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Investors Looking For New Ways To Profit As Earth’s Temperature Rises

Australian farmland

As climate change awareness became more and more prominent, big business investors such as Goldman Sachs and Morgan Stanley invested in projects designed to help curb global warming, such as wind farm projects. It started to look like the thing to do, but now that a dangerous level of climate change is looking more and more inevitable, investors are now also looking to a different approach – investing in businesses that could profit as the planet continues to warm.

Water Asset Management is buying water rights and investing in water treatment companies. It currently has about $400 million under management. Land Commodities is a Switzerland-based company helping individuals purchase Australian farmland, which is at risk of becoming more scarce as temperatures rise. Last year, it apparently handled more than $80 million in investments and transactions.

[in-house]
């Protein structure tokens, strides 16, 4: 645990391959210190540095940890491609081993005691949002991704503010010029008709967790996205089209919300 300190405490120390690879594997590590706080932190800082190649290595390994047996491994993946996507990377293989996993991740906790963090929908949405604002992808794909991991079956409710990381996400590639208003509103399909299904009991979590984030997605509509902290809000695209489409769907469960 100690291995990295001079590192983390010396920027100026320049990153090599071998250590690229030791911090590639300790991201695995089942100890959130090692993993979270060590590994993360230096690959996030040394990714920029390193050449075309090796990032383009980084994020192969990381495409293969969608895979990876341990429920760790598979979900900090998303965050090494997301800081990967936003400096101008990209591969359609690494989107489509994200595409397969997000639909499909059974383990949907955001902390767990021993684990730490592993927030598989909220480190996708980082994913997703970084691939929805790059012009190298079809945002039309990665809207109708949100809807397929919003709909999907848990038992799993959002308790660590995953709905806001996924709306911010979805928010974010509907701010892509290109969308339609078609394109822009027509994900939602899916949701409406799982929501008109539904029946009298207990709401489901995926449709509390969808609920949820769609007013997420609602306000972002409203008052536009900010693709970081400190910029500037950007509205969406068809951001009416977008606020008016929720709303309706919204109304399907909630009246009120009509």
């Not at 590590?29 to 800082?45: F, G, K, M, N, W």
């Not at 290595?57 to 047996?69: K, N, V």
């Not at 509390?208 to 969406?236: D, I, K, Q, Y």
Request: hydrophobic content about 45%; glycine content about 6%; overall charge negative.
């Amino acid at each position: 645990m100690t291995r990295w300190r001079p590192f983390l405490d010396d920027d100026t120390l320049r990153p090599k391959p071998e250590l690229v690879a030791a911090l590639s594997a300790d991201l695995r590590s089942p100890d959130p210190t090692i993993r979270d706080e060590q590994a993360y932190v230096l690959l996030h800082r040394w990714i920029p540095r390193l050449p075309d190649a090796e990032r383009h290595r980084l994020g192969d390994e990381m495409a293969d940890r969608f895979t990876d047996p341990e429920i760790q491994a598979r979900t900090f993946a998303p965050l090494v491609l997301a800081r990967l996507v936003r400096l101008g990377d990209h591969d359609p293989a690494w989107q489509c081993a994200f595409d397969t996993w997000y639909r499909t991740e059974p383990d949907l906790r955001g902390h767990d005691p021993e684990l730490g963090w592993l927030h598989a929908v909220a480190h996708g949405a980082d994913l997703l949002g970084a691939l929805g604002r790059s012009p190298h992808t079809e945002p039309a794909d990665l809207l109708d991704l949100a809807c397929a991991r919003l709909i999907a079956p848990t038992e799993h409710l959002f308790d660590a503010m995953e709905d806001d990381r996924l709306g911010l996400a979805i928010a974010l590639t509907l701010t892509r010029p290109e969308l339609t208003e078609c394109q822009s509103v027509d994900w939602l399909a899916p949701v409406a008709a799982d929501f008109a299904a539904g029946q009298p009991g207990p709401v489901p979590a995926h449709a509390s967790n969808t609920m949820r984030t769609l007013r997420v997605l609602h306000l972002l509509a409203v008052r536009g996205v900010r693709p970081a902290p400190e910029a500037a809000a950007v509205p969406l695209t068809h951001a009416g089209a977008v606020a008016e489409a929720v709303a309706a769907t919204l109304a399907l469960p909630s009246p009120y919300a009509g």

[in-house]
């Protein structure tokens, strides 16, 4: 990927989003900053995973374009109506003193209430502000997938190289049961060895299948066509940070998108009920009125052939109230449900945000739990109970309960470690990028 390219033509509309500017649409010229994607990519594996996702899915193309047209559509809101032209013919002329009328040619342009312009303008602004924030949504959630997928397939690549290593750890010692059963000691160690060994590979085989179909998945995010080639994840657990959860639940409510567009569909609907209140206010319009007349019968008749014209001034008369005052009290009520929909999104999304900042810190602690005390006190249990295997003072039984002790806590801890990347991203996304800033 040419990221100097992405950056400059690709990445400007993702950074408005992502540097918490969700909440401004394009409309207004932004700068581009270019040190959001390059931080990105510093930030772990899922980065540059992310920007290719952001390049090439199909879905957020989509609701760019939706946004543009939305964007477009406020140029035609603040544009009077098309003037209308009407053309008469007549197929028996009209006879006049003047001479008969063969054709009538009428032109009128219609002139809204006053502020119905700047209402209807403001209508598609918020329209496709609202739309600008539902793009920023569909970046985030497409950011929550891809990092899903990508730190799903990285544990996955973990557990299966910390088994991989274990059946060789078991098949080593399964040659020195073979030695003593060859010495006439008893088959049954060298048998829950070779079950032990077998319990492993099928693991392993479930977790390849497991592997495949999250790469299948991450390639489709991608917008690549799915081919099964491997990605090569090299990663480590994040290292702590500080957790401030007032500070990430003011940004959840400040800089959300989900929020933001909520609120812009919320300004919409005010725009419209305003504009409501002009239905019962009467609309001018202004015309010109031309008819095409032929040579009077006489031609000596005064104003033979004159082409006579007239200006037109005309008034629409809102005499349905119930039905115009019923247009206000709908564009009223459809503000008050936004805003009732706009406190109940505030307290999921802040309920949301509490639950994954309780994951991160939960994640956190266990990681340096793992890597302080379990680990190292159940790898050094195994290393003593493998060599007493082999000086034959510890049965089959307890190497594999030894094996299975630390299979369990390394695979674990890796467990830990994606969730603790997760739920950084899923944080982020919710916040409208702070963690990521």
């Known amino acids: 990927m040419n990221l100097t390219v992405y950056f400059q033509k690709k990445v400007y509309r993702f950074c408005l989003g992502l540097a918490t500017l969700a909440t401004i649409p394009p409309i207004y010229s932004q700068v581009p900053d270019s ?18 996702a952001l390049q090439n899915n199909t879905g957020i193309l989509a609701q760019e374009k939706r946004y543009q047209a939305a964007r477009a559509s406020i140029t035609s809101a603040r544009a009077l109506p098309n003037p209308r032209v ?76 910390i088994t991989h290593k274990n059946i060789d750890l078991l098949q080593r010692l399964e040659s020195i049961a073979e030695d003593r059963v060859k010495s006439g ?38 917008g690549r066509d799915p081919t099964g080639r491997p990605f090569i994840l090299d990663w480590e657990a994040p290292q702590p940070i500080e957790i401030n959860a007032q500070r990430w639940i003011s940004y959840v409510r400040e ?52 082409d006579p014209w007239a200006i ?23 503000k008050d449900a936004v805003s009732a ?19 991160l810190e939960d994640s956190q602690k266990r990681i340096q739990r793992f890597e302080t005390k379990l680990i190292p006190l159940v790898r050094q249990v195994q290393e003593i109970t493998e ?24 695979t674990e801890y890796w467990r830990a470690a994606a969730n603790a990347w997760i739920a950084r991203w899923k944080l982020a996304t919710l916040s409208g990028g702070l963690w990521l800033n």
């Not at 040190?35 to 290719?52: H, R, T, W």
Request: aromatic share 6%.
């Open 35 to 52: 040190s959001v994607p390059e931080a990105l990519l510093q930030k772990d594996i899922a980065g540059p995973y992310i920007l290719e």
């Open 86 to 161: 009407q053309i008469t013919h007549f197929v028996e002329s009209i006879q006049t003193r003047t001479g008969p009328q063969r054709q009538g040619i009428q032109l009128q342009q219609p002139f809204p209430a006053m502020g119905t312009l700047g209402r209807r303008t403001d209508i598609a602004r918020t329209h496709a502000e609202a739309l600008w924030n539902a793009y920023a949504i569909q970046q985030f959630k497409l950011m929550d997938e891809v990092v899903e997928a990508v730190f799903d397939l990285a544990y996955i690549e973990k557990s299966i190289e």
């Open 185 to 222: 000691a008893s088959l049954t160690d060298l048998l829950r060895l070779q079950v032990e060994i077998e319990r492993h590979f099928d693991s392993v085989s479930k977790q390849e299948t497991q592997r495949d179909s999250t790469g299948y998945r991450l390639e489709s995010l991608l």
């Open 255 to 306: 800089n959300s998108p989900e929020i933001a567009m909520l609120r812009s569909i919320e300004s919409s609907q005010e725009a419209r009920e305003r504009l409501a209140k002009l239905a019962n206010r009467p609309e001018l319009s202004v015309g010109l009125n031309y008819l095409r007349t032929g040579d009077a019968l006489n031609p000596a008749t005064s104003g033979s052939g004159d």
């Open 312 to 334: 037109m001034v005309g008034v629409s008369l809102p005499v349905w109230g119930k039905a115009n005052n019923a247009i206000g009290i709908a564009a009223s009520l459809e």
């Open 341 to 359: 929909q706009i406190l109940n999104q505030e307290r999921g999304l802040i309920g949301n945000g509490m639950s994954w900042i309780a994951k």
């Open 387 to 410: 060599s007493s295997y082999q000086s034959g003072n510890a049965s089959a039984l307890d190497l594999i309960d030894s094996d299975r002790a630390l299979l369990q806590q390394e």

Another big investment involves glaciers, more specifically the lack thereof. Melting glaciers make more land available to use and exploit in those areas, which means more money, of course. NunaMinerals, a Greenland-based mining company, spent $91.5 million searching for gold in the southern part of the region last year. Avannaa Resources has also invested over $15 million to search for copper in Greenland’s eastern territories.

One of the more interesting investments is Oxitec, a startup in England that eco-entrepreneur Jason Drew has supported. He has apparently invested about $30 million in the company, which has created a mosquito that cannot reproduce. The goal is to cut down on dengue fever, a mosquito-borne disease that is on the rise in humid regions. The offspring of this new mosquito do not survive into adulthood.

It is sad to think of these negative impacts as future money-making opportunities. However, as temperatures continue to rise and the planet changes accordingly, does it make sense to profit from the changes, or is just a race to the bottom? What are your thoughts?

Image CC licensed by Paul Arps: Australian farmland

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